Wednesday, July 27, 2011

Skeg, keel and all

I spent the last two weeks mostly doing things that are neither glamorous nor spectacular, namely trimming strakes and filling seams with filleting compound (epoxy and wood flour).  Then in the last few days I put on the skeg, keel and bow trim.

The skeg (on the right) was cut and laminated from two layers of 3/8 inch (9mm) plywood.  It was screwed and glued on with some difficulty (and with my wife's help), since I had to duck under the boat and drive the screws from below through the keelson.  Once that was done, I reinforced the bottom of the skeg with a 3/4 x 1 inch length of solid oak. 

Then I screwed and glued a strip of 3/4 x 1 inch oak along the rest of the boat's bottom.  It's a little small to call it a keel, but really that's what it is--a sacrifice keel to be precise.  It's there mainly to stop rocks and other stuff damaging the bottom.

Then I put on the bow trim.  As I said before, the bow was angular, so I used the trim to give it a nice rounded shape (left).  This I achieved with two 3/4 x 1 inch pieces and one 3/4 x 2 inch piece.  The latter was the one that was cut and sanded to achieve the necessary curvature.  Skeg reinforcement, sacrifice keel and bow trim were all secured with bronze screws from the outside.  They are recessed and the holes will be filled along with all other holes, gaps and blemishes.  Throughout I was once again reminded of how hard oak is, with several screws inevitably getting stripped or broken.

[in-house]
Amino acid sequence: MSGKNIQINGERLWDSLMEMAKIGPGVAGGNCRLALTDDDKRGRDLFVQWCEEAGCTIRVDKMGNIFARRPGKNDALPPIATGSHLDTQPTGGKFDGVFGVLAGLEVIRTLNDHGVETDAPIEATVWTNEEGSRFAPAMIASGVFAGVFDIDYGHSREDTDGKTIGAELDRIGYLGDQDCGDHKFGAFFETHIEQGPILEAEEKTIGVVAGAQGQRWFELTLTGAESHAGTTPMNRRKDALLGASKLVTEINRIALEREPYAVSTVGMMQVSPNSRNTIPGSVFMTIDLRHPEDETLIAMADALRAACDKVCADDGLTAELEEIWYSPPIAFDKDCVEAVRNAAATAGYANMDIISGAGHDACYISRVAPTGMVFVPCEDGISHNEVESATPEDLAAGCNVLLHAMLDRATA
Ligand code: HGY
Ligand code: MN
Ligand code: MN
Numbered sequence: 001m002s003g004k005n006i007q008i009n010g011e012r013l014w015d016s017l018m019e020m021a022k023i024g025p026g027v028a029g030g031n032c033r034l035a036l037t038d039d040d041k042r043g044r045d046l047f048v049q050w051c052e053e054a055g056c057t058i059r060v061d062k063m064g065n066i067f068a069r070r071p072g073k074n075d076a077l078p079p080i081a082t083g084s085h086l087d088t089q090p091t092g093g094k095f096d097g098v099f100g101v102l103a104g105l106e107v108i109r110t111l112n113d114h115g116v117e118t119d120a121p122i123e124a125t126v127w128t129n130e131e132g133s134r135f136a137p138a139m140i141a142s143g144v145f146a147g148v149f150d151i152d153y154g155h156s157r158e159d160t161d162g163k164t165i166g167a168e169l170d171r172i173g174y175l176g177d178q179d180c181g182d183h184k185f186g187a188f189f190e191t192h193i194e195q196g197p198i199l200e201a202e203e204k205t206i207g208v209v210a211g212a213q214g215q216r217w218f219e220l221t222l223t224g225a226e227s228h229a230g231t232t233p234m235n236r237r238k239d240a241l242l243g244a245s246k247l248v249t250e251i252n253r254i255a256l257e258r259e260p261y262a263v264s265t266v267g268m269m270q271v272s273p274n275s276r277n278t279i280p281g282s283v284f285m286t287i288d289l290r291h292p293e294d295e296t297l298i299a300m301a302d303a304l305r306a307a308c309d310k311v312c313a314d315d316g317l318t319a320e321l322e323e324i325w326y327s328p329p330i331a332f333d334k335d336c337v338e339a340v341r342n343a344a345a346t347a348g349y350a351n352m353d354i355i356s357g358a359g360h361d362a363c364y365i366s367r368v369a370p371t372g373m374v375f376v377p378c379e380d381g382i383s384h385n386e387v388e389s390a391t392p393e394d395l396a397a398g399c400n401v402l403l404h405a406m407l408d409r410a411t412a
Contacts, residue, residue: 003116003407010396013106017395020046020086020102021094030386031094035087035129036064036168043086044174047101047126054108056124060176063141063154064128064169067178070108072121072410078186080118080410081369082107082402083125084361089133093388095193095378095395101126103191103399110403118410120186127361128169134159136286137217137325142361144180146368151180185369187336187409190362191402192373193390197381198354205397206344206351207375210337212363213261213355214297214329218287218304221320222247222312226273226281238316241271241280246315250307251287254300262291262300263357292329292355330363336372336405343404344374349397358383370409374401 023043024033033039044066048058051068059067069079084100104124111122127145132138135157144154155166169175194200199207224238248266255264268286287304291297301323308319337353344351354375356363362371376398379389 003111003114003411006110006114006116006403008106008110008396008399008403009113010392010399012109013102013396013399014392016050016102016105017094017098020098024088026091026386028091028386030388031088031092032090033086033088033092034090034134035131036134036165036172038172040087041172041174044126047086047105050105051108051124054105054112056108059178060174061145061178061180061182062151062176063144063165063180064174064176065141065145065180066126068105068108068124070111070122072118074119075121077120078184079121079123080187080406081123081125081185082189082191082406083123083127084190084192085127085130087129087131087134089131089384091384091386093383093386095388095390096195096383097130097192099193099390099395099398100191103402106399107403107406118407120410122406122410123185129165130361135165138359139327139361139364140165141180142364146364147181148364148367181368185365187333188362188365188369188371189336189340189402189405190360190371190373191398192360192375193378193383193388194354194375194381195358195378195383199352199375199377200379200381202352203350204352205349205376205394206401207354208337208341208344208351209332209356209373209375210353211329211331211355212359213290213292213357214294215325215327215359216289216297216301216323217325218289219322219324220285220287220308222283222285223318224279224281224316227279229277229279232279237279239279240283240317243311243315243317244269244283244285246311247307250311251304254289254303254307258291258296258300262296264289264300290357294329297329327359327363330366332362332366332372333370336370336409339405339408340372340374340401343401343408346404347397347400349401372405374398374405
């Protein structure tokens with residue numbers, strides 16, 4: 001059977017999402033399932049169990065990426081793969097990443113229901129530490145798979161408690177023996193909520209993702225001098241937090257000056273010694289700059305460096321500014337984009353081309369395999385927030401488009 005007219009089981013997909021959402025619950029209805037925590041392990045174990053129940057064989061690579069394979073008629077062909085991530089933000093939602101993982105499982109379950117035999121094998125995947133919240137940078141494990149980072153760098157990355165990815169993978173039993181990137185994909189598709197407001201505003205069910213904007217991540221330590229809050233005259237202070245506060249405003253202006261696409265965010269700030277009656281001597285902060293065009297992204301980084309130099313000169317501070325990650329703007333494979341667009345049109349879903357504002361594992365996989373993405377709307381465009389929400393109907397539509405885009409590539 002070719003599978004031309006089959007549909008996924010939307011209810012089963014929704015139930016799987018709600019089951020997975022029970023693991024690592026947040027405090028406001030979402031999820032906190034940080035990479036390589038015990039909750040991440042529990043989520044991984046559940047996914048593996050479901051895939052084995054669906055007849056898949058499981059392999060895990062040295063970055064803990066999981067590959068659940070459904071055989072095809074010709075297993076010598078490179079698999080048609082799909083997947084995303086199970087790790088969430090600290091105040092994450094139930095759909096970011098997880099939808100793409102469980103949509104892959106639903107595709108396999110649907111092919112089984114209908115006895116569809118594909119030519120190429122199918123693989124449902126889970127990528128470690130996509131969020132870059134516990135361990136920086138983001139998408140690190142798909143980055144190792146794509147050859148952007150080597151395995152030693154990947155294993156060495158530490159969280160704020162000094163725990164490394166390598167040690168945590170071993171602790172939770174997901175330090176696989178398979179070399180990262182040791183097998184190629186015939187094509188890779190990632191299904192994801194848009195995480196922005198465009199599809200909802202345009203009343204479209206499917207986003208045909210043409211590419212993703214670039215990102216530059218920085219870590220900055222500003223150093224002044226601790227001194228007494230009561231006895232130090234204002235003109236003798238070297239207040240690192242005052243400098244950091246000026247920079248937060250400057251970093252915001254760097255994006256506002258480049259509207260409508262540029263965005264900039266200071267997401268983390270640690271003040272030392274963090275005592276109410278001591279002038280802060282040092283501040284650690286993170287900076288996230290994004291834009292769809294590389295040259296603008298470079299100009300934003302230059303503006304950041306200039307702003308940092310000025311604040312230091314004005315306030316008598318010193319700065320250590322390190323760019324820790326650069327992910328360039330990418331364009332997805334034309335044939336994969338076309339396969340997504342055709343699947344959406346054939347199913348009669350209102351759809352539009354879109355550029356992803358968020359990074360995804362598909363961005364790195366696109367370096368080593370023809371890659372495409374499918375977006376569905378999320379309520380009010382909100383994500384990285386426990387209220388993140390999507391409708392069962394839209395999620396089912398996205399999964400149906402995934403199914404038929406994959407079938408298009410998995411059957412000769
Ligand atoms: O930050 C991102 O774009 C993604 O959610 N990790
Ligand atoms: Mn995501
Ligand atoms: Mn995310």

The final photo shows the entire boat.  It is ready for recessing the last nails (I have done over half), filling all holes etc., sanding, two coats of epoxy and two coats of paint.  I chose the most standard paint I could find (which happens to be one of the cheapest too): Rustoleum topside boat enamel, navy blue high gloss for the bottom, white semi-gloss for the fore and side decks.  The inside will stay natural with spar varnish.  I am not using bottom paint, since the boat will be trailered and does not need protection against gunk growing on it while sitting in the water.  The colors were chosen to reflect the colors of the Greek flag, and they are (along with the brand of paint) standard and ubiquitous: fancier paint is less likely to be around when I need to repaint the boat.

So there we have it.  Next time the plywood and oak will look smooth and uniform in their gleaming epoxied form,  and after that shiny and positively naval in blue paint.

Until then, keep checking 176inches.


Tuesday, July 12, 2011

Back from Greece

The last two weeks I was in Greece, mostly on vacation but taking care of some family business too (as usual).  So I didn't do any work on the boat but heck, I needed the vacation and the inspiration to continue, since the plan is to take the boat there when I retire (eventually).  It will obviously cost far more to ship it than to build it, but if it's part of a half-containerload of stuff we may be moving anyway I'll be able to justify it.